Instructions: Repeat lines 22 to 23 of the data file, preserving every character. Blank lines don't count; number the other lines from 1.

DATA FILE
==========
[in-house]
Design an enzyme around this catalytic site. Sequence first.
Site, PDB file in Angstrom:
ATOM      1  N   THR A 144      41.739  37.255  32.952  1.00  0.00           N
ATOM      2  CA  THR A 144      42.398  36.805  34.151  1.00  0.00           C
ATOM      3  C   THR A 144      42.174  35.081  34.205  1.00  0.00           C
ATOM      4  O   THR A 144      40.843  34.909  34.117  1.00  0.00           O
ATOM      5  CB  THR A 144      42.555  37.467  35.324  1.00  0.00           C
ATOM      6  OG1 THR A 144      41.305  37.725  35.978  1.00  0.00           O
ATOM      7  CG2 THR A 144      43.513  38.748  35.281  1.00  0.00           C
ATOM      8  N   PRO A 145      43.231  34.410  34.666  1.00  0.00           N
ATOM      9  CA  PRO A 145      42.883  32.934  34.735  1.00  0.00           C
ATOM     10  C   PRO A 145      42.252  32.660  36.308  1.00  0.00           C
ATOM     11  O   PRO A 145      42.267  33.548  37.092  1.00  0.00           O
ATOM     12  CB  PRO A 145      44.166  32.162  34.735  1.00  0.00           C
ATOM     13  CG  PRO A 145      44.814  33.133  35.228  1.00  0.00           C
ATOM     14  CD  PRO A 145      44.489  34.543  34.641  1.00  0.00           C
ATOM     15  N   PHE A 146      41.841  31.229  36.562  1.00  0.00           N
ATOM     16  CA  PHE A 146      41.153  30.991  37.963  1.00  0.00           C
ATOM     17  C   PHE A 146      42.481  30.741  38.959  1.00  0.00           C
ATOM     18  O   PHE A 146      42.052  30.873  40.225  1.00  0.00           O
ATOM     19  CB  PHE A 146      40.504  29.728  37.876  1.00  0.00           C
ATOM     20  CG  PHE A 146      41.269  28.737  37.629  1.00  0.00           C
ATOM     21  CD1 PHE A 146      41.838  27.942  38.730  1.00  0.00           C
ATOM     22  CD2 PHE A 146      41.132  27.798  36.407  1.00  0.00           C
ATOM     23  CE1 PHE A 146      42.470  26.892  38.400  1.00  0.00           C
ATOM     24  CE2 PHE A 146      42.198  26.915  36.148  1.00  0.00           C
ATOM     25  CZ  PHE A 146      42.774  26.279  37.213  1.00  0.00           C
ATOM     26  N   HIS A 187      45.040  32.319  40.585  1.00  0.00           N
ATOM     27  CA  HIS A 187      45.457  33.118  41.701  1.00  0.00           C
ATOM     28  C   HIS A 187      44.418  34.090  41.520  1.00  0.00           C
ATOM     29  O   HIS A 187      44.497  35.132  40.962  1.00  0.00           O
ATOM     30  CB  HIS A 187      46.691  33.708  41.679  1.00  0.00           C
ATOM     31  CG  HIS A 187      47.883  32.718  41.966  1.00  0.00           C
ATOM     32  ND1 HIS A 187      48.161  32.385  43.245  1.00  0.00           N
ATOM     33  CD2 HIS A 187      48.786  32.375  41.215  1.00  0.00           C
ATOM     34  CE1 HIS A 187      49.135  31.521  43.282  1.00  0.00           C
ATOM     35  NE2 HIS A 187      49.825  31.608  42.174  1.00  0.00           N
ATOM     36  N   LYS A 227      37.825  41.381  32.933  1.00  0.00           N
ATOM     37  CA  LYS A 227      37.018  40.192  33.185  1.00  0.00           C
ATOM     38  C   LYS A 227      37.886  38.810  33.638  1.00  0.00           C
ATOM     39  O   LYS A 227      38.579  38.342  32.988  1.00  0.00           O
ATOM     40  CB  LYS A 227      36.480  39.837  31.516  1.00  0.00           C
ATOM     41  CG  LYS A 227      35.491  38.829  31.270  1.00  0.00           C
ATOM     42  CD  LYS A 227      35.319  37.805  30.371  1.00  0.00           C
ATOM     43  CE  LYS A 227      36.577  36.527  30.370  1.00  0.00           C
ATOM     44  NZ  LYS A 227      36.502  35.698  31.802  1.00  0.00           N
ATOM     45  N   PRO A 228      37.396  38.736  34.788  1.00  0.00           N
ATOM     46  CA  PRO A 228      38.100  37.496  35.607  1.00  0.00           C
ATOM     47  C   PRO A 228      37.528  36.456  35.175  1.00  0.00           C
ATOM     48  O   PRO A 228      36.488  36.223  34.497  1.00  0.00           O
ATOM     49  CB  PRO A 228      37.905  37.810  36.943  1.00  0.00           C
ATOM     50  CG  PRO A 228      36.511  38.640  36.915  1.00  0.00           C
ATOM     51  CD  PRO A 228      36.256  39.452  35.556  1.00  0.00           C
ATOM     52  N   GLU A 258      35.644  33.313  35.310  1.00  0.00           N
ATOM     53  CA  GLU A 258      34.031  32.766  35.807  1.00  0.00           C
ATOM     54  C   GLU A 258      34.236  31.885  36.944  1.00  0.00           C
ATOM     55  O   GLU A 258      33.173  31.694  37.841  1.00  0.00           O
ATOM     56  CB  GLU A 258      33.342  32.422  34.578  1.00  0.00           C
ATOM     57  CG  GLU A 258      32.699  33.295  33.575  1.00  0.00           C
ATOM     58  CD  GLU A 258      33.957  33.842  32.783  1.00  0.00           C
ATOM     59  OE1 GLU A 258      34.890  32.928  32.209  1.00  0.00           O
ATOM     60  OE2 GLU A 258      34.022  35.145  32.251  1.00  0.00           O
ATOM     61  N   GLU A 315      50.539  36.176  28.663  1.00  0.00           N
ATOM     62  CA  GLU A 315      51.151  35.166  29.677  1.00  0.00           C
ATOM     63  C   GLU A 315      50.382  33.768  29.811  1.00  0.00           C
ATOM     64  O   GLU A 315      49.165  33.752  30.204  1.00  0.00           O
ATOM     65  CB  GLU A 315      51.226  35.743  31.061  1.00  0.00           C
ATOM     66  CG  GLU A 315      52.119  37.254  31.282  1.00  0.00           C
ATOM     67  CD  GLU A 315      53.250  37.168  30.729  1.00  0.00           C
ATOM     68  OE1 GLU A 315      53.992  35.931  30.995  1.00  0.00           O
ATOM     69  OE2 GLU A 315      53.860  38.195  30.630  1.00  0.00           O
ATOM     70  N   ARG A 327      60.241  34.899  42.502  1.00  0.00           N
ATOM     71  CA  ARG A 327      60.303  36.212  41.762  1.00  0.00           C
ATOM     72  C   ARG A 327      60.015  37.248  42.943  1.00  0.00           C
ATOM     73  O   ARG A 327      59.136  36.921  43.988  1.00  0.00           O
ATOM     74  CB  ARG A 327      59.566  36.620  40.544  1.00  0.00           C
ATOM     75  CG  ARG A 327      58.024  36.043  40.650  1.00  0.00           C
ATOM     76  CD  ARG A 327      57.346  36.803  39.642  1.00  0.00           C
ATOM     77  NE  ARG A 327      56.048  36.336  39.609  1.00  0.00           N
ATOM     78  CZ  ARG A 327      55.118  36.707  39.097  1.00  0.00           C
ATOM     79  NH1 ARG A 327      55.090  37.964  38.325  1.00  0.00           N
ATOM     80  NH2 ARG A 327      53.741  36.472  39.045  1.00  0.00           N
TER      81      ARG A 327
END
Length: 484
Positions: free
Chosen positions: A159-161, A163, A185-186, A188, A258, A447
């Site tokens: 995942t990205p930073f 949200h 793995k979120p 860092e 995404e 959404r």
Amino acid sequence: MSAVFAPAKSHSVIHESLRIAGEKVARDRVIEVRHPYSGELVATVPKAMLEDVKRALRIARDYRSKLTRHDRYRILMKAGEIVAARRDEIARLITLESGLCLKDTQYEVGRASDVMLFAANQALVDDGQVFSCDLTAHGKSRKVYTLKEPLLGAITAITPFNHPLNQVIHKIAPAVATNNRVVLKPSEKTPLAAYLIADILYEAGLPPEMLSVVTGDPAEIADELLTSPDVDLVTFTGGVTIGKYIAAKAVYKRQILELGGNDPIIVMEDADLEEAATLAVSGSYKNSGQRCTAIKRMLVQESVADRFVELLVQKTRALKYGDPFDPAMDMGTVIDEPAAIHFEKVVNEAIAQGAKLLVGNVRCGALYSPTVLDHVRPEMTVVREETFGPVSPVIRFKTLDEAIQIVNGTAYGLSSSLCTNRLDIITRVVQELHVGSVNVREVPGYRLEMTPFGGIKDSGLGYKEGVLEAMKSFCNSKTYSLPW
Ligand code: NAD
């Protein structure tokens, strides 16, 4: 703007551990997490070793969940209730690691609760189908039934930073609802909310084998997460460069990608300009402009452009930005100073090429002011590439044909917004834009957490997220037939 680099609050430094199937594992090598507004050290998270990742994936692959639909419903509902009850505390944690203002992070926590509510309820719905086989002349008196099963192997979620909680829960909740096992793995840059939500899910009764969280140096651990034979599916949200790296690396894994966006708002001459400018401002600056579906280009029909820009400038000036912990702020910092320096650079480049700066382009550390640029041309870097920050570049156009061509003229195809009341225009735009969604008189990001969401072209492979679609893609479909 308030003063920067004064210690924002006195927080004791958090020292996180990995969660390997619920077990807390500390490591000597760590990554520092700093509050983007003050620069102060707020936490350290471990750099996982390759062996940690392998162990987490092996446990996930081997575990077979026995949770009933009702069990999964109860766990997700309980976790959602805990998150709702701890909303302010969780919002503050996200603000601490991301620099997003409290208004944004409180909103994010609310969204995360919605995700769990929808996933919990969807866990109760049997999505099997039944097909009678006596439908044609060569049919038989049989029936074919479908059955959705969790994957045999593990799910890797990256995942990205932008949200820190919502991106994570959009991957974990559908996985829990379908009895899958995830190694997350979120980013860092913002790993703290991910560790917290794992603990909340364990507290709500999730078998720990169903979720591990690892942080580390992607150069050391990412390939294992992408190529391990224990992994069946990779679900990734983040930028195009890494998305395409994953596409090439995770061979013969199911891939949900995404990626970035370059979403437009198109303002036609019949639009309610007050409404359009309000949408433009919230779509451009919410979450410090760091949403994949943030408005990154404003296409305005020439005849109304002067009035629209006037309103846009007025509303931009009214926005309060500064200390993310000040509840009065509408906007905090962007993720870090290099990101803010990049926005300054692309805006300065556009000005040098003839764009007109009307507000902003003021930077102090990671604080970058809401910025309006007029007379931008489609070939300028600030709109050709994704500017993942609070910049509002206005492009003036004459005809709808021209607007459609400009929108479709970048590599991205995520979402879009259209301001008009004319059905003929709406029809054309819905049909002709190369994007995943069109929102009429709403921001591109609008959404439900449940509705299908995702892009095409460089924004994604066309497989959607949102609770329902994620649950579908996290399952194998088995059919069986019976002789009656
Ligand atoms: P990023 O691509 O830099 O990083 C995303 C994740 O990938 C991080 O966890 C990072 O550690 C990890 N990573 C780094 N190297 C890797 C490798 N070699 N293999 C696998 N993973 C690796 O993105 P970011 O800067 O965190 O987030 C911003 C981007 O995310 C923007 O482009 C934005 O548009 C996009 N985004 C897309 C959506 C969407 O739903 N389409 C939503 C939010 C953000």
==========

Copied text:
ATOM     19  CB  PHE A 146      40.504  29.728  37.876  1.00  0.00           C
ATOM     20  CG  PHE A 146      41.269  28.737  37.629  1.00  0.00           C